A holographic simulation of T'Pau was among several historical personality profiles studied by The Doctor in 2373, while he was making an attempt to expand his personality subroutines. In the simulation, T'Pau played kal-toh against Socrates as The Doctor conducted his interviews with the other historical figures. (VOY: "Darkling")
"I'm here to find the person who bombed the Earth embassy. Her name is T'Pau, and she looks a hell of a lot like you!"
"You have a lot to learn about Syrrannites."
"You have a lot to learn about Humans! We don't sit back and do nothing while our people are attacked."
"No, you traverse vast wastelands based on false information."
"I've had my fill of mind melds."
"The prospect doesn't appeal to me, either. I've never melded with a Human before. Your... unchecked emotions will, no doubt, prove distasteful."
- - Archer and T'Pau, before she attempted to confirm that he was carrying the katra of Surak (ENT: "Awakening")
"Your technique has improved."
"It's time for Earth to stand on its own."
"What thee are about to see comes down from the time of the beginning, without change. This is the Vulcan heart. This is the Vulcan soul. This is our way."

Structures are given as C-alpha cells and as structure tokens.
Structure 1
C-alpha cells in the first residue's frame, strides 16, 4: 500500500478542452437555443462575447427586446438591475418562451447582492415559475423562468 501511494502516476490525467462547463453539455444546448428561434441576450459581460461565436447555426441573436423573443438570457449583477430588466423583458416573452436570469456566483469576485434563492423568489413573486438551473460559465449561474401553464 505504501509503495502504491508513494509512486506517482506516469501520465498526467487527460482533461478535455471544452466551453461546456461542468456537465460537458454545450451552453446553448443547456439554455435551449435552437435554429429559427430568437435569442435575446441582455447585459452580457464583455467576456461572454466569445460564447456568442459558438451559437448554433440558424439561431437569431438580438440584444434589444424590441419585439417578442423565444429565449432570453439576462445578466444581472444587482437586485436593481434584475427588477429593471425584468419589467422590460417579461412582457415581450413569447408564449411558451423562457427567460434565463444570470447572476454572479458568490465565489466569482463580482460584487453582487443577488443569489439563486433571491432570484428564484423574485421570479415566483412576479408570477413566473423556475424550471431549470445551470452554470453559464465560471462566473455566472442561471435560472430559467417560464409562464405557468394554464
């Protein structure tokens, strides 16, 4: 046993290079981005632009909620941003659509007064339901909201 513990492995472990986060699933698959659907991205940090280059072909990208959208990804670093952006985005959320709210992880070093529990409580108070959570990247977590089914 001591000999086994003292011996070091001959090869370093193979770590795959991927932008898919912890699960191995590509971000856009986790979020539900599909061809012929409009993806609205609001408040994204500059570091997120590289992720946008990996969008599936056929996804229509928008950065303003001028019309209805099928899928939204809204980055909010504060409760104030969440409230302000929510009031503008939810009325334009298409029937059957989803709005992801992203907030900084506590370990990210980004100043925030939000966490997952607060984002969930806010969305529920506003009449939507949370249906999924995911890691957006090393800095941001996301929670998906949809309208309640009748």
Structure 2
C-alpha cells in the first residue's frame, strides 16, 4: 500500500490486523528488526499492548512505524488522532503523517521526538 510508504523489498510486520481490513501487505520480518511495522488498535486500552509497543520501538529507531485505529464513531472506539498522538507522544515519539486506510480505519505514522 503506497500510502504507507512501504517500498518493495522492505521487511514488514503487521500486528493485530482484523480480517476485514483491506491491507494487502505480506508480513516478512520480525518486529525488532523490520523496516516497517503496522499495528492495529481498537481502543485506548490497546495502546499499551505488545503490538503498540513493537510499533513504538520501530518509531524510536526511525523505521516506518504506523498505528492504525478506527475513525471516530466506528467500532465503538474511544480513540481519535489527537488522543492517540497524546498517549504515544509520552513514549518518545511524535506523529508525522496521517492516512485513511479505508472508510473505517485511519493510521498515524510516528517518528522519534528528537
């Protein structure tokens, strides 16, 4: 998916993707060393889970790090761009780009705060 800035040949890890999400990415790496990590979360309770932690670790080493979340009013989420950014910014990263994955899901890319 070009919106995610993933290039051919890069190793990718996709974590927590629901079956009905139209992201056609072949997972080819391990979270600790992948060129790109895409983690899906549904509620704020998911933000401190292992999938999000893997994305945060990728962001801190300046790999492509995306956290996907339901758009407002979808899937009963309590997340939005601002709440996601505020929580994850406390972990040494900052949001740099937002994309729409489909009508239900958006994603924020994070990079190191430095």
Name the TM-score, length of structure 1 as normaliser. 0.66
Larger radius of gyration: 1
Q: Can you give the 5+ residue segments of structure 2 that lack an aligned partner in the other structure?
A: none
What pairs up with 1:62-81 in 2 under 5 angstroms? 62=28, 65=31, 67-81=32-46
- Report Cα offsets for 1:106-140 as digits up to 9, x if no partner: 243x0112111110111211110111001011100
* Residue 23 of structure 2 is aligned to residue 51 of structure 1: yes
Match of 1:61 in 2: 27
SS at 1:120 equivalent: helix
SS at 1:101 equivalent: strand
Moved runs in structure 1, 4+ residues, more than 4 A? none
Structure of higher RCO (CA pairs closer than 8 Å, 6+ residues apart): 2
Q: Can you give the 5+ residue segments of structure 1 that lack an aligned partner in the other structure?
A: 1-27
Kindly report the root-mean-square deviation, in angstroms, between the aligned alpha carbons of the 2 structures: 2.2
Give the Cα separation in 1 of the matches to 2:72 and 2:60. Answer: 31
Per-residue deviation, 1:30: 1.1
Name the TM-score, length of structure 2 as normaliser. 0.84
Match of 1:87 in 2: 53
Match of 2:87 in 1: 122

"It is said thy Vulcan blood is thin. Are thee Vulcan? Or are thee Human?"
"All of Vulcan in one package."
"Spock chose his friends well."
- - T'Pau, as Kirk and McCoy insist on staying on Vulcan while Spock is in the throes of Plak tow (TOS: "Amok Time")
"Live long and prosper, Spock."
"I shall do neither. I have killed my captain and my friend."
Introduction and legacy thereof
T'Pau was one of several characters which were added to the story of "Amok Time" by the episode's writer, Theodore Sturgeon, in an effort to address NBC's Stan Robertson feeling that more Vulcans than T'Pring had to be included in the episode. (These Are the Voyages: TOS Season Two) In the first draft script for "Amok Time", T'Pau explained to the Human visitors why, on Vulcan, the Vulcans used English to communicate with them. (Cinefantastique, Vol. 27, No. 11/12, p. 68) Other examples of T'Pau acting differently in the first draft script than she does in the episode's final version were tolerating numerous interferences during the fight between Kirk and Spock, such as Stonn throwing a rock at Spock. (Cinefantastique, Vol. 27, No. 11/12, p. 97) Not written into this first draft script was T'Pau's involvement in justifying Kirk's recent diversion to Vulcan. (The Star Trek Compendium) "Amok Time"'s depiction of the matriarch T'Pau was one of numerous aspects which, though introduced by Sturgeon, were then refined in a script rewrite by D.C. Fontana. (These Are the Voyages: TOS Season Two) In the final draft of the script, T'Pau was introduced with the following description: "Inside the sedan litter is T'Pau, an 'Elder,' a great force in the land. She is a woman of immense dignity, and her authority is obvious." (Star Trek Magazine issue 155, p. 36)